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Does growth pay for itself?  Finally, a planning tool can help cities answer the question

A new planning tool that calculates the cost of growth is a game-changer for development in Boise and across the Treasure Valley.

The tool, with the unimaginative name “Tax Impact Tool” or “FIT,” was unveiled Tuesday during a webinar by the Community Planning Association of Southwest Idaho, or Compass.

“This is a pretty unique tool,” said Colin McAweeney, senior tax and economic analyst for TischlerBise, a planning company hired to create the tool, during Tuesday’s webinar. “We do tax impact analyzes across the country, and we usually do it for a single community, say, a city or a county. There have been a few examples where a tool like this has been put in place for an area, but really, right now, it’s kind of revolutionary, especially in Idaho.

I’ve watched development in Treasure Valley for 15 years, and cities usually have a binary decision: whether or not to approve a development that precedes them.

For the most part, this decision was something of a blow in the dark.

It usually looks like this: A farmer sells 80 acres of land to a developer. The developer offers a single-family residential development of three homes per acre. The developer is coming before planning and zoning and city council with a proposal to build 240 homes on those 80 acres. There could be a pocket playpen and a small open space. Usually there is a report from the Ada County Road District that talks about the current levels of service provided by the roads and the number of vehicle trips that this subdivision will produce when fully constructed. There will be a discussion on sewer connections, irrigation water, sidewalks, curbs, gutters. Development is approved.

A few years later, the police department needs more cops, the fire department wants to build a new fire station on the west side of town to service these new subdivisions, and they need a new truck. firefighters and an ambulance, and they also need more people to staff the new fire station.

A nearby intersection with a two-way stop is becoming the site of an increasing number of serious accidents, but ACHD doesn’t have the money to improve that intersection.

Valley Regional Transit wants to build an incentive parking lot to encourage drivers to take the bus to Boise to ease traffic on Interstate 84, so they are asking cities and the county to help them pay. The cities do not want to pay because, in their logic, “nobody takes the bus”.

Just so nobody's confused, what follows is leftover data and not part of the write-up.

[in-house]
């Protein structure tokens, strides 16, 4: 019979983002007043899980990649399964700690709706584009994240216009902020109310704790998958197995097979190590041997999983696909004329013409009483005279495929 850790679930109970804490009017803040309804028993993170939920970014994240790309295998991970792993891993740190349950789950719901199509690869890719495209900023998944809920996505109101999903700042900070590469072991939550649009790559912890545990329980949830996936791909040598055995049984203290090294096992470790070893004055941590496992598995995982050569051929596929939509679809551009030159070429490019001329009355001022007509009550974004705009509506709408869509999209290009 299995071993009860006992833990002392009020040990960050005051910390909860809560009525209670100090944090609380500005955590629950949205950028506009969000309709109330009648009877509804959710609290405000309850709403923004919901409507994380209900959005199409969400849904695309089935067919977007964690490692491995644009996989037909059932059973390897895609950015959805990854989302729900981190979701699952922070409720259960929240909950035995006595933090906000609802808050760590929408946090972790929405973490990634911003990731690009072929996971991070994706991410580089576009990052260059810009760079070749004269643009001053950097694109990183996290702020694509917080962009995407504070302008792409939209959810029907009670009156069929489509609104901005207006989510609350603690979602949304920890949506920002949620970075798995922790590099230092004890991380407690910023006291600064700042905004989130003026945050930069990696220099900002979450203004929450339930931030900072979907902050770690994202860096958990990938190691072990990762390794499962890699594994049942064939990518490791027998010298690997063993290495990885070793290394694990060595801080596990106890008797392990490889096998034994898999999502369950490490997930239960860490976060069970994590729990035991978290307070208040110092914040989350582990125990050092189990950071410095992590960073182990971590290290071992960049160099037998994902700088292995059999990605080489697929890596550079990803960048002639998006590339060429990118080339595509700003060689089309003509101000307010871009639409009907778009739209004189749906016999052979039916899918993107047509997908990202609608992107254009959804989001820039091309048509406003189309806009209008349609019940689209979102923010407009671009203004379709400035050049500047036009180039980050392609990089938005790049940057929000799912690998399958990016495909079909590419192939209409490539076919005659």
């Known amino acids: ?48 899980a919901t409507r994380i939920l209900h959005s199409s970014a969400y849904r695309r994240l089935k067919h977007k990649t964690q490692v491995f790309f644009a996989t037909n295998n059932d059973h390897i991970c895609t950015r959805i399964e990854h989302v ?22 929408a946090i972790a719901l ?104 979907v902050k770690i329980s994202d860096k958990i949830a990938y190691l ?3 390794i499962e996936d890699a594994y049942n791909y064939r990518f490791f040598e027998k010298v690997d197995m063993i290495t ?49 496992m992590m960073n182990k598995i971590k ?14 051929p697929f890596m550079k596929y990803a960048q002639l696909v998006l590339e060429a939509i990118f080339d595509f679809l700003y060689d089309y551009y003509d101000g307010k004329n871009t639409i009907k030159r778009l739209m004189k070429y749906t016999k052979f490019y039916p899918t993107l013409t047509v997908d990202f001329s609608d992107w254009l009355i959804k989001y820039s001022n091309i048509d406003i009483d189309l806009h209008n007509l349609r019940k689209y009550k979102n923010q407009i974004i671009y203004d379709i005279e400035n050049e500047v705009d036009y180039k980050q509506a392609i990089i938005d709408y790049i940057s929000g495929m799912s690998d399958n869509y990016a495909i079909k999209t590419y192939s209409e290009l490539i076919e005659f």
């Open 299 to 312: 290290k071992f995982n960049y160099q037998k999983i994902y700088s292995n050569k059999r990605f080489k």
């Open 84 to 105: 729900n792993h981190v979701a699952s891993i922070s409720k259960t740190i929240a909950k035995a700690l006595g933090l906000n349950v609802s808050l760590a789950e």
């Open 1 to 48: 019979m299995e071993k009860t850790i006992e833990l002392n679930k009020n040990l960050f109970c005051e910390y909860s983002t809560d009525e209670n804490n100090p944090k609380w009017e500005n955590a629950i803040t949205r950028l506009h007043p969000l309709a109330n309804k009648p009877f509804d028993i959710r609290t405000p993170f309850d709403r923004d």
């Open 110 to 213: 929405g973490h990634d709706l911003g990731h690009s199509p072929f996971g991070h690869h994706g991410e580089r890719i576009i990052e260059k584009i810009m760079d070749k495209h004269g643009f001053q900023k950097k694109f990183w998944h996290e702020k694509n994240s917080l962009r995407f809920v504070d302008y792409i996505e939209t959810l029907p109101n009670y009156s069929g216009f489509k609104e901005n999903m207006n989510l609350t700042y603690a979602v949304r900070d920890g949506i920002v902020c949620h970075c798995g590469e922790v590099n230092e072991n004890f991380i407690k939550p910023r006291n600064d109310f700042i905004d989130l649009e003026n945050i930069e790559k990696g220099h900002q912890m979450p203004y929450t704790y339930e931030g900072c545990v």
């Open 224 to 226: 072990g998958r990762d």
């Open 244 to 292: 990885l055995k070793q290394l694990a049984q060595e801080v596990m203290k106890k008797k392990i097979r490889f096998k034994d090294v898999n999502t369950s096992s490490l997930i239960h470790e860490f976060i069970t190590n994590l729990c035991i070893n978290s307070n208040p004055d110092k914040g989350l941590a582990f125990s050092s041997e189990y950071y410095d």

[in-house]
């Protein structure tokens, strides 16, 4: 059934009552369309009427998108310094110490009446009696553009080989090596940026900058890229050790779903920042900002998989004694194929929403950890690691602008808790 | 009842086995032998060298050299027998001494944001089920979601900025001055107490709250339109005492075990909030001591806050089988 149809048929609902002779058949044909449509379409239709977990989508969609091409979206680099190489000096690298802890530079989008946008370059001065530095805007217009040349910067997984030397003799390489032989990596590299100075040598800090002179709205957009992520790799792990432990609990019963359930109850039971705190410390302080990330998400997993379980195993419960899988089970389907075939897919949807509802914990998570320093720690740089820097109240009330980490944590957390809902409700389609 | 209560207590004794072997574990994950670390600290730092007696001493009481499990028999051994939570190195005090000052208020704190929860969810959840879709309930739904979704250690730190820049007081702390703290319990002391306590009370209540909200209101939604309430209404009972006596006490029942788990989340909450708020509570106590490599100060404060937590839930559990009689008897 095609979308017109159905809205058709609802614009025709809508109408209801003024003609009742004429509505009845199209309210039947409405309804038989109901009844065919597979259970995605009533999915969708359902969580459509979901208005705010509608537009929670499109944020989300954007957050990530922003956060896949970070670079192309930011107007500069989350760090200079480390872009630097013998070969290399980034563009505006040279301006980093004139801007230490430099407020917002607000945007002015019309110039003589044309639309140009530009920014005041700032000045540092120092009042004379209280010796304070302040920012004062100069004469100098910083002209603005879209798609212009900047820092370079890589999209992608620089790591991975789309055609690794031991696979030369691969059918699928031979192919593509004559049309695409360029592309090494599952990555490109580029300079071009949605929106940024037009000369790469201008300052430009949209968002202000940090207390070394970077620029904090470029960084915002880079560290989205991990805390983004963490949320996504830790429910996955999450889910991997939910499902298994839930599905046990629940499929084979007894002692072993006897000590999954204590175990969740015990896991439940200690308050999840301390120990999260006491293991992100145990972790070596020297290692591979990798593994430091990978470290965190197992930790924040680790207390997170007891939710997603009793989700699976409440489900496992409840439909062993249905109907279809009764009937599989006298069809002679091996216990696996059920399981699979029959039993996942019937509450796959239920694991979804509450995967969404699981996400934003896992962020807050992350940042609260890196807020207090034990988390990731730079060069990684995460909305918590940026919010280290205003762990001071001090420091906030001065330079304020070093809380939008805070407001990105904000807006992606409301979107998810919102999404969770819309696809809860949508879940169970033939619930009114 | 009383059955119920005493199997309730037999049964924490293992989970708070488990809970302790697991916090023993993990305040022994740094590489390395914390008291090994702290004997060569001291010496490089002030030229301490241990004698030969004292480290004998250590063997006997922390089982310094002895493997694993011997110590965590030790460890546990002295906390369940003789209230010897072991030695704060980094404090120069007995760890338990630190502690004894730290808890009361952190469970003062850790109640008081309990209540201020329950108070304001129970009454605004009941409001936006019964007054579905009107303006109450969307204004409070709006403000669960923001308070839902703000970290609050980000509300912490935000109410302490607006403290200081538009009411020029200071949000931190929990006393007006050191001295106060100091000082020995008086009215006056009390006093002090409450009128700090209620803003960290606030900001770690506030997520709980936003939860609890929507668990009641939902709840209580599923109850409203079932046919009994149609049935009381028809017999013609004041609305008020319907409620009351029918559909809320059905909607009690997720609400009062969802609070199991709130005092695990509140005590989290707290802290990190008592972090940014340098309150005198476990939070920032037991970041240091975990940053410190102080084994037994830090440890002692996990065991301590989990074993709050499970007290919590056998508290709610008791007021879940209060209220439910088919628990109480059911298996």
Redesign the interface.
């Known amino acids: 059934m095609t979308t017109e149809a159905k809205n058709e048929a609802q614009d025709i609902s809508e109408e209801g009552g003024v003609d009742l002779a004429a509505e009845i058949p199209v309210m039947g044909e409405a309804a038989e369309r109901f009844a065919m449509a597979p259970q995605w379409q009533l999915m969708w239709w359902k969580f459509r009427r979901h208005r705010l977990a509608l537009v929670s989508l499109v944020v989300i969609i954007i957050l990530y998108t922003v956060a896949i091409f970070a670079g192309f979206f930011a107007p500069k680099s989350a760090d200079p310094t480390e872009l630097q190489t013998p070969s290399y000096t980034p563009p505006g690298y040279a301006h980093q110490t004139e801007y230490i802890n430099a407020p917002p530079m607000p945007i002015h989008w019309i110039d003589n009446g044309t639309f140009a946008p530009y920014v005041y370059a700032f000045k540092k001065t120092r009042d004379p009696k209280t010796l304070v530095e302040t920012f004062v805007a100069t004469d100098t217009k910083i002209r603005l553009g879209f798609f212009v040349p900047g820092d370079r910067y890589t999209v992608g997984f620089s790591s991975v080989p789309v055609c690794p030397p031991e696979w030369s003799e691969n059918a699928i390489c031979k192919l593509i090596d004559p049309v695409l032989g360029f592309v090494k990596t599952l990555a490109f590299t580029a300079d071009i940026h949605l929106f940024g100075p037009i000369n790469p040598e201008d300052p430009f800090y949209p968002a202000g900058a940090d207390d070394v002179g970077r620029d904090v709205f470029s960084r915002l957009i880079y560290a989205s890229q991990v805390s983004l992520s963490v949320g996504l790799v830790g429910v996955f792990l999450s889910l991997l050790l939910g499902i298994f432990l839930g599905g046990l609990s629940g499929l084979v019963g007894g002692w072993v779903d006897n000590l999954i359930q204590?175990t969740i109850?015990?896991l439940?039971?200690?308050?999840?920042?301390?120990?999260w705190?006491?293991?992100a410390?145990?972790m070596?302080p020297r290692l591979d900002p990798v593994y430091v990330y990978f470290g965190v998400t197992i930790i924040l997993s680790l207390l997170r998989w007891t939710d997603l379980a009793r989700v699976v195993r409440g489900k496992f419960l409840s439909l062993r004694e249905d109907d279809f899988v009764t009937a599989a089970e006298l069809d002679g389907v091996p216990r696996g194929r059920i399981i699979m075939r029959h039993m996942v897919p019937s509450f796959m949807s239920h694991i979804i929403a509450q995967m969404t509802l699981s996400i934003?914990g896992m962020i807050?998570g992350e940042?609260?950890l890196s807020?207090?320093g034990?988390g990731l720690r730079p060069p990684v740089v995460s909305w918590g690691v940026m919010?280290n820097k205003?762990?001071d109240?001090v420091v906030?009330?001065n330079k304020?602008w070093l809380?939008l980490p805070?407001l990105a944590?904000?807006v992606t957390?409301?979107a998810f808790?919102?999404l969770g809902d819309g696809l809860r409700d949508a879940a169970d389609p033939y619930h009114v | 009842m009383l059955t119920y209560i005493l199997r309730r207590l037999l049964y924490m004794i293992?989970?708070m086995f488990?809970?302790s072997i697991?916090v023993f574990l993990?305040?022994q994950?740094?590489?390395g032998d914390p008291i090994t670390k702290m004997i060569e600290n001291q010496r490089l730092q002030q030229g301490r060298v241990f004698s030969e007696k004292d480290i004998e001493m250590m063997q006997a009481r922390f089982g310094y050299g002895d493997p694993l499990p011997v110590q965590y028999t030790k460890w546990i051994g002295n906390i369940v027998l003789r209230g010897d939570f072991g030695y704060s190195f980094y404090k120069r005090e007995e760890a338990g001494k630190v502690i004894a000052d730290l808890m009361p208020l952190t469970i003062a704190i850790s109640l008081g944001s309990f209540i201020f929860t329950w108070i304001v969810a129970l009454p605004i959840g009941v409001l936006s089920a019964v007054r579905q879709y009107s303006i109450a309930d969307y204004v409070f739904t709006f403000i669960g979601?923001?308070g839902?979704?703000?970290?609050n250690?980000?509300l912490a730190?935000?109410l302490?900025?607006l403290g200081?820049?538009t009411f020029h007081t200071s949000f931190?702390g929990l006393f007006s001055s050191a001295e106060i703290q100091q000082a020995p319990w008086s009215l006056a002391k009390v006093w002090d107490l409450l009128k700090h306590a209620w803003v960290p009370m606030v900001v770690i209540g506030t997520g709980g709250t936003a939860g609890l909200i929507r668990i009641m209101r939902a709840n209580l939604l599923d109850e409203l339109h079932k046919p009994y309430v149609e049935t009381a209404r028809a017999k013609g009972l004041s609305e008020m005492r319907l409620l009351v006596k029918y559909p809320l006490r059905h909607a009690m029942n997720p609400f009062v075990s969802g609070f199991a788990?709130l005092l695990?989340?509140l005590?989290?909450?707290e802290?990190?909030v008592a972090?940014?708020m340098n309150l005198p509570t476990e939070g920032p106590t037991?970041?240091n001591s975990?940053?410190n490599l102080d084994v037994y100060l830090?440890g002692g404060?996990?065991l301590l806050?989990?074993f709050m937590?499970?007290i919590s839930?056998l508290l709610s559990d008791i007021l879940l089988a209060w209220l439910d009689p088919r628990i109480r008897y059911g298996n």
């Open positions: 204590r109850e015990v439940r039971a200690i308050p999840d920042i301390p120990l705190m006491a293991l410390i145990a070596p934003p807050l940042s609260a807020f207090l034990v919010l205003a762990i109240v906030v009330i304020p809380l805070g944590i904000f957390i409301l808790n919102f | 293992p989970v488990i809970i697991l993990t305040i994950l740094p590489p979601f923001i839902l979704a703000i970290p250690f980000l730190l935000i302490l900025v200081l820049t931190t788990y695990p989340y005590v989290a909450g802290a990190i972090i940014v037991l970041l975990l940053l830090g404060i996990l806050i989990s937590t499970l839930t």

The school district is asking voters to approve a $ 15 million bond, paid by property taxes, to build a new elementary school due to all the new subdivisions filled with children whose families have moved there.

Seemingly endless growth cycle

This is the seemingly endless growth cycle and associated costs in Treasure Valley.

The problem is, the town planning commissioners and council members didn’t really take into account all of the future costs associated with approving this 240-house subdivision.

Everything is about to change with the new tax impact tool launched by Compass.

As demonstrated on Tuesday, the tool will allow planners to plug in different types of proposed development – such as a 240-home single-family residential development, a 20,000-square-foot grocery store, or a 100,000-square-foot big-box store. – and tell planners when the city, county, school district or highway district is “breaking even”. In other words, when would the revenues from this project exceed all expenses associated with providing services to the project?

Or, the tool can tell them if it would break even.

“Never before has Ada County or any of our six cities conducted what is called a tax analysis to understand the true costs of growth,” the former County Commissioner told me. Ada, Diana Lachiondo, in an interview earlier this year. “And it’s done now through Compass so that all six cities, county and CDHA can understand how some of the proposed new developments will cost a lot more to maintain – or not. And I think that’s critically important as we move forward if we’re going to understand how we can grow in a way that doesn’t continue to weigh on existing owners.